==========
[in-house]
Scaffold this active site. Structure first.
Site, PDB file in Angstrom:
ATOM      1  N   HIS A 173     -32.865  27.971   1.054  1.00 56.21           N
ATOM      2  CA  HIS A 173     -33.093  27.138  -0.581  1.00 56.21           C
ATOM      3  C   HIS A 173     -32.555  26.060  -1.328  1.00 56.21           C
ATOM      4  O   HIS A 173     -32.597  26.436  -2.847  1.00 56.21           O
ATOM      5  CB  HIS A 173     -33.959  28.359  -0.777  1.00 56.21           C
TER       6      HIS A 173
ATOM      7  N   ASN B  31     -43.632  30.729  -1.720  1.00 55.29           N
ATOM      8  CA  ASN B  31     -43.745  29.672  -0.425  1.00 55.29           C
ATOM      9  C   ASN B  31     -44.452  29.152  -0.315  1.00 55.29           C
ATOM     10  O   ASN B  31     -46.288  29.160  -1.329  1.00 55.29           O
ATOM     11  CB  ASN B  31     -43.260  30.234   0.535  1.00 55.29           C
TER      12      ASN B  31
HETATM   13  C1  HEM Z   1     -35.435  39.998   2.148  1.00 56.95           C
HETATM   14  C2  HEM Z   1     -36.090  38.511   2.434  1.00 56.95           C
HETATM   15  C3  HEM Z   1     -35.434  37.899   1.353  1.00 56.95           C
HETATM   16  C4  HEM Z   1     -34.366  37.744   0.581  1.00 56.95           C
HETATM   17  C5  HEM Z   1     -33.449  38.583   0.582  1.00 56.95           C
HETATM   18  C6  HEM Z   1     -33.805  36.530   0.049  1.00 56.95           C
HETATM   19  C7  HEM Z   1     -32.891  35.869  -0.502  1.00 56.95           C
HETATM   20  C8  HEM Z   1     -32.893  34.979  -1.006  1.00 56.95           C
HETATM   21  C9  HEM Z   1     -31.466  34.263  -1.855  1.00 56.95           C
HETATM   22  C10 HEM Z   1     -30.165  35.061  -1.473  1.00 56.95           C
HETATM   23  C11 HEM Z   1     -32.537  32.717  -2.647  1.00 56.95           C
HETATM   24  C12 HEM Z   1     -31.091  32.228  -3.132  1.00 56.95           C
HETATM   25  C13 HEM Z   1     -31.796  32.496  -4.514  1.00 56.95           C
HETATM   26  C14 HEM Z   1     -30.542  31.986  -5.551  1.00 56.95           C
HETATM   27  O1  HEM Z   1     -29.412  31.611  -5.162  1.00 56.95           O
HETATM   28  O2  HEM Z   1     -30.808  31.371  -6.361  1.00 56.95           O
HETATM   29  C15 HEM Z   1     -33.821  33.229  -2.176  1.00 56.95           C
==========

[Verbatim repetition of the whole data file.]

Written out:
[in-house]
Scaffold this active site. Structure first.
Site, PDB file in Angstrom:
ATOM      1  N   HIS A 173     -32.865  27.971   1.054  1.00 56.21           N
ATOM      2  CA  HIS A 173     -33.093  27.138  -0.581  1.00 56.21           C
ATOM      3  C   HIS A 173     -32.555  26.060  -1.328  1.00 56.21           C
ATOM      4  O   HIS A 173     -32.597  26.436  -2.847  1.00 56.21           O
ATOM      5  CB  HIS A 173     -33.959  28.359  -0.777  1.00 56.21           C
TER       6      HIS A 173
ATOM      7  N   ASN B  31     -43.632  30.729  -1.720  1.00 55.29           N
ATOM      8  CA  ASN B  31     -43.745  29.672  -0.425  1.00 55.29           C
ATOM      9  C   ASN B  31     -44.452  29.152  -0.315  1.00 55.29           C
ATOM     10  O   ASN B  31     -46.288  29.160  -1.329  1.00 55.29           O
ATOM     11  CB  ASN B  31     -43.260  30.234   0.535  1.00 55.29           C
TER      12      ASN B  31
HETATM   13  C1  HEM Z   1     -35.435  39.998   2.148  1.00 56.95           C
HETATM   14  C2  HEM Z   1     -36.090  38.511   2.434  1.00 56.95           C
HETATM   15  C3  HEM Z   1     -35.434  37.899   1.353  1.00 56.95           C
HETATM   16  C4  HEM Z   1     -34.366  37.744   0.581  1.00 56.95           C
HETATM   17  C5  HEM Z   1     -33.449  38.583   0.582  1.00 56.95           C
HETATM   18  C6  HEM Z   1     -33.805  36.530   0.049  1.00 56.95           C
HETATM   19  C7  HEM Z   1     -32.891  35.869  -0.502  1.00 56.95           C
HETATM   20  C8  HEM Z   1     -32.893  34.979  -1.006  1.00 56.95           C
HETATM   21  C9  HEM Z   1     -31.466  34.263  -1.855  1.00 56.95           C
HETATM   22  C10 HEM Z   1     -30.165  35.061  -1.473  1.00 56.95           C
HETATM   23  C11 HEM Z   1     -32.537  32.717  -2.647  1.00 56.95           C
HETATM   24  C12 HEM Z   1     -31.091  32.228  -3.132  1.00 56.95           C
HETATM   25  C13 HEM Z   1     -31.796  32.496  -4.514  1.00 56.95           C
HETATM   26  C14 HEM Z   1     -30.542  31.986  -5.551  1.00 56.95           C
HETATM   27  O1  HEM Z   1     -29.412  31.611  -5.162  1.00 56.95           O
HETATM   28  O2  HEM Z   1     -30.808  31.371  -6.361  1.00 56.95           O
HETATM   29  C15 HEM Z   1     -33.821  33.229  -2.176  1.00 56.95           C